Whether or not you agree with Whitacre, you can understand his frustration. Companies like Google and Yahoo pay some fees to connect to their servers to the Internet, but AT&T will collect little if any additional revenue when Yahoo starts offering new features that take up lots of bandwidth on the Internet. When Yahoo’s millions of customers download huge blocks of video or play complex video games, AT&T ends up carrying that increased digital traffic without additional financial compensation.
But for public interest advocates, Whitacre’s outburst was a Clint Eastwood moment. “Make my day,” said Gigi Sohn of Public Knowledge, which focuses on defending consumer rights in the digital world.
Previously, the group had been having trouble convincing members of Congress that there was a network neutrality problem. Legislators and staffers repeatedly had noted to Sohn that no major telephone company had ever used its network to discriminate against other companies. “Whitacre just made the case for regulation,” said Sohn. “This was as good as it can get.”
Other AT&T executives and spokesmen later said that Whitacre had only been talking about access to a new high-speed broadband network. Industry executives also assured critics that despite Whitacre’s bluster, AT&T would never block any Web site, or even degrade the service of a company doing business on the Internet — even if that service was a voice-over-Internet company such as Vonage, which competes directly with AT&T’s core telephone business.
But the blog storm over Whitacre’s comments had hardly died down when an executive with BellSouth was quoted saying that the company would consider charging Apple five or 10 cents extra each time a customer downloaded a song using iTunes. Bloggers erupted again, saying that this would certainly drive up the cost of the hugely popular music downloading service.
Google and others say that the prospect of telephone companies imposing new fees on innovative and successful ventures is exactly the kind of thing that deters online commerce. “If carriers are able to control what consumers do on the Internet, that threatens the model of Internet communications that has been wildly successful,” said Alan Davidson, Washington policy counsel for Google.
Cable companies abhor the idea of enforced network neutrality just as much as the telephone companies. But so far their executives have remained silent, and stayed out of the crossfire.
The Republican-led Congress is struggling with the issue. On one hand, it has taken a deregulatory approach to the Internet, but on the other, it can’t ignore the concerns of Google, Yahoo and eBay, some of the most successful companies of the last 10 years. These companies alone have built up businesses worth hundreds of billions of dollars on an unfettered Internet. Moreover, unfettered Internet access has come to be seen by Americans in general as not just a privilege or a product, but a right akin to free speech and free association.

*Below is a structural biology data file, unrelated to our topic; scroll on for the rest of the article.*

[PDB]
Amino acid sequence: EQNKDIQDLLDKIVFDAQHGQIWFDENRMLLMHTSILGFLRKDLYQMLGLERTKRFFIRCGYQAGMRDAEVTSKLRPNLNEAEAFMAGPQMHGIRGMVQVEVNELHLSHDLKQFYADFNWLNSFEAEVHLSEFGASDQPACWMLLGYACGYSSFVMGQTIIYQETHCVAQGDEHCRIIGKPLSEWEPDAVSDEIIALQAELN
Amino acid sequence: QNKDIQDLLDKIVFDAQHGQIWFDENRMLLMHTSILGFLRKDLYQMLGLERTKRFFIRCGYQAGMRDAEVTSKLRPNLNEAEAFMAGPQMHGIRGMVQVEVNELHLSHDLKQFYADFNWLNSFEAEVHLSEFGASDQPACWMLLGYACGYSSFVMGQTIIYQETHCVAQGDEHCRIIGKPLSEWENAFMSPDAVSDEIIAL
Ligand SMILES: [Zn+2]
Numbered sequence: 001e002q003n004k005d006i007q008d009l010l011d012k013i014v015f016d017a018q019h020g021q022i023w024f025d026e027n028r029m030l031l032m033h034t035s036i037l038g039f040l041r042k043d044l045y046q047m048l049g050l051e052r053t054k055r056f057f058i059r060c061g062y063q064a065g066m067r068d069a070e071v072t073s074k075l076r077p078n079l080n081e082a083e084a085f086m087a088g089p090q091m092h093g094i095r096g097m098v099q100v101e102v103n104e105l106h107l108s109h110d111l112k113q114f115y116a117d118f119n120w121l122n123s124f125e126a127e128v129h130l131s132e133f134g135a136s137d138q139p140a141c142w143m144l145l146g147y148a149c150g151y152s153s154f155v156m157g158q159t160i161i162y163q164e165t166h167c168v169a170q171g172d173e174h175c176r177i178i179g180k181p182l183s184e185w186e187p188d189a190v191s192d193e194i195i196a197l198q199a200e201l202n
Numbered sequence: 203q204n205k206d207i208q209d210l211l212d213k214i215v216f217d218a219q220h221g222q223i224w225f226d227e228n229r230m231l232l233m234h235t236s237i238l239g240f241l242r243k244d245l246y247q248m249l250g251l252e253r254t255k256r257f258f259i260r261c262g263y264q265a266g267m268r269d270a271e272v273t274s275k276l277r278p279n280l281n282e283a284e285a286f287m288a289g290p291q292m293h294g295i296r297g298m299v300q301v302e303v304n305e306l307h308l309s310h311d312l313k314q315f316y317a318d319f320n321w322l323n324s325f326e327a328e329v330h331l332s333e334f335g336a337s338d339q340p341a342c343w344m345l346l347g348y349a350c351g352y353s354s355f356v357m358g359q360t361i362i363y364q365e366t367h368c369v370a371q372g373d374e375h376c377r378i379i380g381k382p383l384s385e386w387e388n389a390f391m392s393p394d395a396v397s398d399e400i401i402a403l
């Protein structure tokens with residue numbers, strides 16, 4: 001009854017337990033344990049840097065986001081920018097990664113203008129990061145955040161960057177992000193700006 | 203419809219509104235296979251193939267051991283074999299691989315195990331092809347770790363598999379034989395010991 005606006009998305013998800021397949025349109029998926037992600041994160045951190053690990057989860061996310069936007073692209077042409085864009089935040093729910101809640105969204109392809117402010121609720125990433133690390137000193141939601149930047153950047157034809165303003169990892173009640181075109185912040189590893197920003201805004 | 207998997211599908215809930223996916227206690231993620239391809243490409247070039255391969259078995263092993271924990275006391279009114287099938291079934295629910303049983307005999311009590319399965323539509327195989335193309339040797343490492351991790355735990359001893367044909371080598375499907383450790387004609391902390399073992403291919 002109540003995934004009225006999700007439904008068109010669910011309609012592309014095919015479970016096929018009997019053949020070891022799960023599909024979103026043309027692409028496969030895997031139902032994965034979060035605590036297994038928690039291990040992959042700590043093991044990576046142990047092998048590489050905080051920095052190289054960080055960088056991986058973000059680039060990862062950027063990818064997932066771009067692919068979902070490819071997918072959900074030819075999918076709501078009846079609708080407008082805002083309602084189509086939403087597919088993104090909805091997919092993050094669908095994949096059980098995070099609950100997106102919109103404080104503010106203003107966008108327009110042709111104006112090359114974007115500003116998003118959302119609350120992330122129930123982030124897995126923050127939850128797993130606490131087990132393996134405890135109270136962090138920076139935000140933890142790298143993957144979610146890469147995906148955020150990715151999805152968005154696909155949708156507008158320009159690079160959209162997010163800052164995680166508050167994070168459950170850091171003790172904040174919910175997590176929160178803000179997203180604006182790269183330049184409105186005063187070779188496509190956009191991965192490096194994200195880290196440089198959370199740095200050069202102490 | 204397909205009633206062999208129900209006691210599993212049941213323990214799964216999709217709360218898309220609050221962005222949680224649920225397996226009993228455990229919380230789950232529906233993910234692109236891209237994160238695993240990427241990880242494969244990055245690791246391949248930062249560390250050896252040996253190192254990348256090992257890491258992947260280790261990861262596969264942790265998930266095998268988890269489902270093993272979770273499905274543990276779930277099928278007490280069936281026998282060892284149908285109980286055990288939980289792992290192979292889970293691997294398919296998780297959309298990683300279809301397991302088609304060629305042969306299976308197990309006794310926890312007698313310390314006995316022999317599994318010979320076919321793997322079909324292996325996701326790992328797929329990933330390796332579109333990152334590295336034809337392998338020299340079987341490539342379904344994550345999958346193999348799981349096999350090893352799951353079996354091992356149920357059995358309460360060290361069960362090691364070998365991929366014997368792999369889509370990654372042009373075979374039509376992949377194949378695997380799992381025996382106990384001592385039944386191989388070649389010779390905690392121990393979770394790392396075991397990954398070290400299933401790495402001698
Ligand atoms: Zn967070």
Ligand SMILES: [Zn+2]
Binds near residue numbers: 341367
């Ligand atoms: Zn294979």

Over the coming months, the Telecommunications Act will take shape as several different legislative proposals are combined to create a final law. Some of the proposed bills include language on network neutrality, others don’t.
The conventional wisdom is that the recent statements by Bell company executives have given network neutrality some momentum. But the bill is not expected to be completed until 2007, leaving lots of time for lobbyists to battle over the strength of the final language.
The FCC, spurred by Commissioner Michael Copps, acknowledged the importance of the issue last October, when it approved two mammoth mergers in the telecommunications industry — Verizon’s $8.5 billion purchase of MCI and SBC Communications’ $16 billion purchase of AT&T (SBC quickly assumed the more widely known brand name of AT&T).
One of the few conditions that the FCC put on the merged companies was that they abide by the concept of network neutrality for at least two years. But it’s not clear if companies would even be in violation of the relatively vague FCC language if BellSouth or AT&T proceeded with their plan to give one company “priority” over others on the Internet. Last week I asked several telecommunications lawyers, including some FCC staffers, if AT&T would be in violation of its merger agreement if it granted “priority” status to some companies for a fee. The consistent response I got was, “That’s a really good question.”
At the end of the day, Google’s Davidson says that his biggest worry is not for Google but for the prospect of bringing fresh innovation to the Internet. After all, if worse comes to worst, Google can pay AT&T or BellSouth to maintain its role as the Internet’s dominant search engine. But the bright young start-up with the next big innovative idea won’t have that option.